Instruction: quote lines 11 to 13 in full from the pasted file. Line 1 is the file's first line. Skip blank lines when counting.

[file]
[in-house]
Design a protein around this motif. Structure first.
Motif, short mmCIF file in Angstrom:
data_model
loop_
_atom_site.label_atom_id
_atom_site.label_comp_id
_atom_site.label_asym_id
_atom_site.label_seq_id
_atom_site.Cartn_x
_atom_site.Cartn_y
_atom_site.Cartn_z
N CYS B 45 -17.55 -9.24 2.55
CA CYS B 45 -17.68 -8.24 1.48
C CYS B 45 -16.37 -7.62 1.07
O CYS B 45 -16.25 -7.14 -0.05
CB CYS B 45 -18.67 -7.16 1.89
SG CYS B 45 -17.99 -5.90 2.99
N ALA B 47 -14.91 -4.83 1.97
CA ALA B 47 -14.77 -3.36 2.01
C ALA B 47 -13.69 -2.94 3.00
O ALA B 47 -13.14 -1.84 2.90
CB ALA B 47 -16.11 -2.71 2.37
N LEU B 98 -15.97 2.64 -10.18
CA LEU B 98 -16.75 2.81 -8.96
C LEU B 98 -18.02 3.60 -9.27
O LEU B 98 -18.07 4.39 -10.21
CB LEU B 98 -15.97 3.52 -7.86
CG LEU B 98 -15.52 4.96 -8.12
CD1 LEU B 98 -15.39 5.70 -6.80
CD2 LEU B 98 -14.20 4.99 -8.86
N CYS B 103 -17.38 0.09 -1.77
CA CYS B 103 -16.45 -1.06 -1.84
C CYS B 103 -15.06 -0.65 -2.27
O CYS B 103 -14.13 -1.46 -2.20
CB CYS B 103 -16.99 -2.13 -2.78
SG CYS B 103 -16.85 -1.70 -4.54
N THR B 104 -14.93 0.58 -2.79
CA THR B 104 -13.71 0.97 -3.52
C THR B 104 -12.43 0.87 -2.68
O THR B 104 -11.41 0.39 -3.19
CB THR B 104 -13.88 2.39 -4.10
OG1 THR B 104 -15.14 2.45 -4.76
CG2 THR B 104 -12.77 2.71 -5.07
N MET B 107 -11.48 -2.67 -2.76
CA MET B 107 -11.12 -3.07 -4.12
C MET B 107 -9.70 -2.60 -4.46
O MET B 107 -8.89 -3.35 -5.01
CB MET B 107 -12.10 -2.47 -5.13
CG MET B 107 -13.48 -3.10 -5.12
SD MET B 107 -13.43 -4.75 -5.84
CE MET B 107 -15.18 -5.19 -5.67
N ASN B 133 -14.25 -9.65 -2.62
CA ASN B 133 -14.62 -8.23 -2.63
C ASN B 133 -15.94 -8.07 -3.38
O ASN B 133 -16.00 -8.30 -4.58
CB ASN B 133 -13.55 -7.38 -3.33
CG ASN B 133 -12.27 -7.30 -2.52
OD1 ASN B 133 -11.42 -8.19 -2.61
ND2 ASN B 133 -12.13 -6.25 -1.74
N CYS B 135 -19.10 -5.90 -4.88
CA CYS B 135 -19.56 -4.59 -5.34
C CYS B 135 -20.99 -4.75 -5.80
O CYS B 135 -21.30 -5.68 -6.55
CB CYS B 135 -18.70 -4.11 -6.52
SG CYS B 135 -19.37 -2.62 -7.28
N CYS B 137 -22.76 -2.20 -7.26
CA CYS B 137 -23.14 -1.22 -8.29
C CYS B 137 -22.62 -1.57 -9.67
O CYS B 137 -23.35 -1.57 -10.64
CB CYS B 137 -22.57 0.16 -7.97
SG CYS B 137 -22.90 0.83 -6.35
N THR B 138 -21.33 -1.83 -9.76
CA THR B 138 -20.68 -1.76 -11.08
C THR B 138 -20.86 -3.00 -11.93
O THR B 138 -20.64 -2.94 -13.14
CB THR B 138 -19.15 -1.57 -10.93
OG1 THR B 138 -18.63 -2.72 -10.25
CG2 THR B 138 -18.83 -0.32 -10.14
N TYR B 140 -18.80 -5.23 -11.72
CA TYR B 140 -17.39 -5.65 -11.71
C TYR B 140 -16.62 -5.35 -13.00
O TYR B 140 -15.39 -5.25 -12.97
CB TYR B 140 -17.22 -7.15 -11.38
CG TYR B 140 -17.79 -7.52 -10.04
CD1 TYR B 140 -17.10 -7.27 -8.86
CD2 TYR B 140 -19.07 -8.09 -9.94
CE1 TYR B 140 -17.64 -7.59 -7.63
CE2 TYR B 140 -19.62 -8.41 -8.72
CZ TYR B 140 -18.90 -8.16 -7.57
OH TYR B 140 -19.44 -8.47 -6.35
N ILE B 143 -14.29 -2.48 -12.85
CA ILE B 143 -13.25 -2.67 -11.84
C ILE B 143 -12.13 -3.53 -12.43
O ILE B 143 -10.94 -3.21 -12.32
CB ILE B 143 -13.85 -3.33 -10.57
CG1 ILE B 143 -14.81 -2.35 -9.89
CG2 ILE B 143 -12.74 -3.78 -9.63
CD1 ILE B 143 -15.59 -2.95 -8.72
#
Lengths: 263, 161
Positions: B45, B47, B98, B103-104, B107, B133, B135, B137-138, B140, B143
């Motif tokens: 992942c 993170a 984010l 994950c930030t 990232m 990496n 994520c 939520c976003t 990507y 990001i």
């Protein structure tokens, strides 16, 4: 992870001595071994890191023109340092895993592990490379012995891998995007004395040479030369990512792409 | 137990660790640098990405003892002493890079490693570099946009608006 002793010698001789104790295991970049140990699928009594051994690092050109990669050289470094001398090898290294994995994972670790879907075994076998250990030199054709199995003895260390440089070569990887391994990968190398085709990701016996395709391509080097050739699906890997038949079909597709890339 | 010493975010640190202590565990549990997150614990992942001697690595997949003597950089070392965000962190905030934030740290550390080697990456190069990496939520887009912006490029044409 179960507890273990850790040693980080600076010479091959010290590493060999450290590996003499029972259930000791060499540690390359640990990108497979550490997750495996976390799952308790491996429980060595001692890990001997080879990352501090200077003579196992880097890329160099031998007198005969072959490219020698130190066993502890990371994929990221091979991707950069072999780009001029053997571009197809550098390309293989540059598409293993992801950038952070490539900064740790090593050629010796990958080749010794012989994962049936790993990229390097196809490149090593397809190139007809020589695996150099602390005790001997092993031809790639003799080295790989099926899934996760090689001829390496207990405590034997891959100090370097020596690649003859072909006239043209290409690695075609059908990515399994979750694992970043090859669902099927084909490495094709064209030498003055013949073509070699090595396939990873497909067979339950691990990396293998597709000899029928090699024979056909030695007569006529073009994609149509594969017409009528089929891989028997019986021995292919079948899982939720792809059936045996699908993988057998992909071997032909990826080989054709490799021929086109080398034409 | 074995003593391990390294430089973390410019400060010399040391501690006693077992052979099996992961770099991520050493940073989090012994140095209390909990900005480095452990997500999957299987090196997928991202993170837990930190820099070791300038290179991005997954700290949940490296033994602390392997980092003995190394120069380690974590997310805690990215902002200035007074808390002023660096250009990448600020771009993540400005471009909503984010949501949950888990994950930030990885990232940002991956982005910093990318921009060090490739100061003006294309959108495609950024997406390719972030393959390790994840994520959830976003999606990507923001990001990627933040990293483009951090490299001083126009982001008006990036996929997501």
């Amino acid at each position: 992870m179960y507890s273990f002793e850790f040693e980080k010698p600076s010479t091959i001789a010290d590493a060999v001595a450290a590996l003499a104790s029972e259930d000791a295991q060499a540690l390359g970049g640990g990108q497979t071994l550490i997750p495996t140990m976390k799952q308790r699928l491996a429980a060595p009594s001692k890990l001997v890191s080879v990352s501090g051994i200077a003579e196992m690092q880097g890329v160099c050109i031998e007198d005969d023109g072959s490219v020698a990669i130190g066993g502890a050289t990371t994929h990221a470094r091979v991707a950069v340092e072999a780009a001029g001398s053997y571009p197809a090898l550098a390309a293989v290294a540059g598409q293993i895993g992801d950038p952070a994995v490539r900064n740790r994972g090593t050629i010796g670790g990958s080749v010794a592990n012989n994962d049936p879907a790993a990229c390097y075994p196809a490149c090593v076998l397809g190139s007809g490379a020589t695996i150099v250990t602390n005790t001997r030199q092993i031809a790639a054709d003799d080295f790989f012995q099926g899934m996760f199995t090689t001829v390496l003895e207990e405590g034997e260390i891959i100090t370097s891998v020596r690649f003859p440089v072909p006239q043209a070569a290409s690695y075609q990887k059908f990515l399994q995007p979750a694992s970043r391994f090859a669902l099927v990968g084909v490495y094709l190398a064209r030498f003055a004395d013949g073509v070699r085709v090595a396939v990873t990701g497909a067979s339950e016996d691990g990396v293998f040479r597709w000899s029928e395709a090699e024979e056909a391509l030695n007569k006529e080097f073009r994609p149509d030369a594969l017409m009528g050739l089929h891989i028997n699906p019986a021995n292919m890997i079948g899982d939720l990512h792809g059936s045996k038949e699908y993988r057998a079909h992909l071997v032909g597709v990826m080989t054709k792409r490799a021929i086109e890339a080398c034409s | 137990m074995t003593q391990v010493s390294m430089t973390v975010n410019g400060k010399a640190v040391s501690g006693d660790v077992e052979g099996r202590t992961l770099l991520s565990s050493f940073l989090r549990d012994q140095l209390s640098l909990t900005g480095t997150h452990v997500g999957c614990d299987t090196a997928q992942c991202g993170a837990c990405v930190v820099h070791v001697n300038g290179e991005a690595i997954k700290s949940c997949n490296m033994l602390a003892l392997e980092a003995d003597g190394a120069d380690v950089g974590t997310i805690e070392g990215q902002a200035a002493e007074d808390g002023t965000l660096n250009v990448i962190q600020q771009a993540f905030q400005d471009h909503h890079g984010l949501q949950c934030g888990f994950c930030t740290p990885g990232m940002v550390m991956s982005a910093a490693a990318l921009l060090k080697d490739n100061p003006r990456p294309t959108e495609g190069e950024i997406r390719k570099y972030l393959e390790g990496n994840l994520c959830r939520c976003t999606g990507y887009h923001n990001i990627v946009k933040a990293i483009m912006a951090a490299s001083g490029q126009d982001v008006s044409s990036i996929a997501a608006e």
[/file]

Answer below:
_atom_site.Cartn_y
_atom_site.Cartn_z
N CYS B 45 -17.55 -9.24 2.55